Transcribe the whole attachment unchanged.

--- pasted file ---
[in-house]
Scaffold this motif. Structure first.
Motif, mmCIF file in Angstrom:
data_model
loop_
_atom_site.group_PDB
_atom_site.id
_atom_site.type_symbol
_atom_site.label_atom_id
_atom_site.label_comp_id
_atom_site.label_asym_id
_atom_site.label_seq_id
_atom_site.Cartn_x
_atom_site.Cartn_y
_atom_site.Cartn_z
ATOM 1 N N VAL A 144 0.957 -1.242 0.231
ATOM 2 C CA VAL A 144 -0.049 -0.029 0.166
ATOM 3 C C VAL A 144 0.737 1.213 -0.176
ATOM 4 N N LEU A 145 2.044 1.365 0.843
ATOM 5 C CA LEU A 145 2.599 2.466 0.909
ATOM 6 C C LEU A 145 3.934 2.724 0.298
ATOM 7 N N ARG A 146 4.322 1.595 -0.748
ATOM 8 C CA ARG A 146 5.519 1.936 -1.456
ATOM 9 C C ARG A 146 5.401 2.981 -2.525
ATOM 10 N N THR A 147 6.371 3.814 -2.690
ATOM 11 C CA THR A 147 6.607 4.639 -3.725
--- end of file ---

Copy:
[in-house]
Scaffold this motif. Structure first.
Motif, mmCIF file in Angstrom:
data_model
loop_
_atom_site.group_PDB
_atom_site.id
_atom_site.type_symbol
_atom_site.label_atom_id
_atom_site.label_comp_id
_atom_site.label_asym_id
_atom_site.label_seq_id
_atom_site.Cartn_x
_atom_site.Cartn_y
_atom_site.Cartn_z
ATOM 1 N N VAL A 144 0.957 -1.242 0.231
ATOM 2 C CA VAL A 144 -0.049 -0.029 0.166
ATOM 3 C C VAL A 144 0.737 1.213 -0.176
ATOM 4 N N LEU A 145 2.044 1.365 0.843
ATOM 5 C CA LEU A 145 2.599 2.466 0.909
ATOM 6 C C LEU A 145 3.934 2.724 0.298
ATOM 7 N N ARG A 146 4.322 1.595 -0.748
ATOM 8 C CA ARG A 146 5.519 1.936 -1.456
ATOM 9 C C ARG A 146 5.401 2.981 -2.525
ATOM 10 N N THR A 147 6.371 3.814 -2.690
ATOM 11 C CA THR A 147 6.607 4.639 -3.725